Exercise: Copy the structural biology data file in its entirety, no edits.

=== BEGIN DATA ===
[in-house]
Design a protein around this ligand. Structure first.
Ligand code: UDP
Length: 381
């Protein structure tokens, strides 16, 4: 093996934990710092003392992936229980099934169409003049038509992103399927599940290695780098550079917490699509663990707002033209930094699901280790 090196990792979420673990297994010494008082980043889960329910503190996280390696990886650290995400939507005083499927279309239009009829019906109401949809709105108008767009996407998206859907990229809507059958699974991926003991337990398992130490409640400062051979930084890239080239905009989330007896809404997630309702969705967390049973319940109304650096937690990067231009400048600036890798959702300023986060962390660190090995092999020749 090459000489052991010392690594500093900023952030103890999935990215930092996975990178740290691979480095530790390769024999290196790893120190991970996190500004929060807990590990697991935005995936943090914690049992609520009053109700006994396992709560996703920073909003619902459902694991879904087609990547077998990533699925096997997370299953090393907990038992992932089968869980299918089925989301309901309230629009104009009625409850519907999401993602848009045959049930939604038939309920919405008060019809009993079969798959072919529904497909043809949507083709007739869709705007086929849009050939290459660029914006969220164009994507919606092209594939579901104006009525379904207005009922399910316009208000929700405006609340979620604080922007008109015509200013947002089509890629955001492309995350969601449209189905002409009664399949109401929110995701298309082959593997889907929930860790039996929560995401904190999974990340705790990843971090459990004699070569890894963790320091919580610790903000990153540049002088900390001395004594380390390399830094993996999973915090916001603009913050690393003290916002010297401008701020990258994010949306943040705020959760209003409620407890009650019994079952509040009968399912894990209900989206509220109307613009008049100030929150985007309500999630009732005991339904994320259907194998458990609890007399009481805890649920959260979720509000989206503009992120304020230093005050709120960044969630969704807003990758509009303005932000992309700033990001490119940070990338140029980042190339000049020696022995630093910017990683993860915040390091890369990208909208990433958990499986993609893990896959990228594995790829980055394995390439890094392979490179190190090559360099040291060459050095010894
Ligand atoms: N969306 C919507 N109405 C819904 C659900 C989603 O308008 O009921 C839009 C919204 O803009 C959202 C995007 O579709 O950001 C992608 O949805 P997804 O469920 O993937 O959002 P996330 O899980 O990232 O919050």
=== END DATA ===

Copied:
[in-house]
Design a protein around this ligand. Structure first.
Ligand code: UDP
Length: 381
């Protein structure tokens, strides 16, 4: 093996934990710092003392992936229980099934169409003049038509992103399927599940290695780098550079917490699509663990707002033209930094699901280790 090196990792979420673990297994010494008082980043889960329910503190996280390696990886650290995400939507005083499927279309239009009829019906109401949809709105108008767009996407998206859907990229809507059958699974991926003991337990398992130490409640400062051979930084890239080239905009989330007896809404997630309702969705967390049973319940109304650096937690990067231009400048600036890798959702300023986060962390660190090995092999020749 090459000489052991010392690594500093900023952030103890999935990215930092996975990178740290691979480095530790390769024999290196790893120190991970996190500004929060807990590990697991935005995936943090914690049992609520009053109700006994396992709560996703920073909003619902459902694991879904087609990547077998990533699925096997997370299953090393907990038992992932089968869980299918089925989301309901309230629009104009009625409850519907999401993602848009045959049930939604038939309920919405008060019809009993079969798959072919529904497909043809949507083709007739869709705007086929849009050939290459660029914006969220164009994507919606092209594939579901104006009525379904207005009922399910316009208000929700405006609340979620604080922007008109015509200013947002089509890629955001492309995350969601449209189905002409009664399949109401929110995701298309082959593997889907929930860790039996929560995401904190999974990340705790990843971090459990004699070569890894963790320091919580610790903000990153540049002088900390001395004594380390390399830094993996999973915090916001603009913050690393003290916002010297401008701020990258994010949306943040705020959760209003409620407890009650019994079952509040009968399912894990209900989206509220109307613009008049100030929150985007309500999630009732005991339904994320259907194998458990609890007399009481805890649920959260979720509000989206503009992120304020230093005050709120960044969630969704807003990758509009303005932000992309700033990001490119940070990338140029980042190339000049020696022995630093910017990683993860915040390091890369990208909208990433958990499986993609893990896959990228594995790829980055394995390439890094392979490179190190090559360099040291060459050095010894
Ligand atoms: N969306 C919507 N109405 C819904 C659900 C989603 O308008 O009921 C839009 C919204 O803009 C959202 C995007 O579709 O950001 C992608 O949805 P997804 O469920 O993937 O959002 P996330 O899980 O990232 O919050």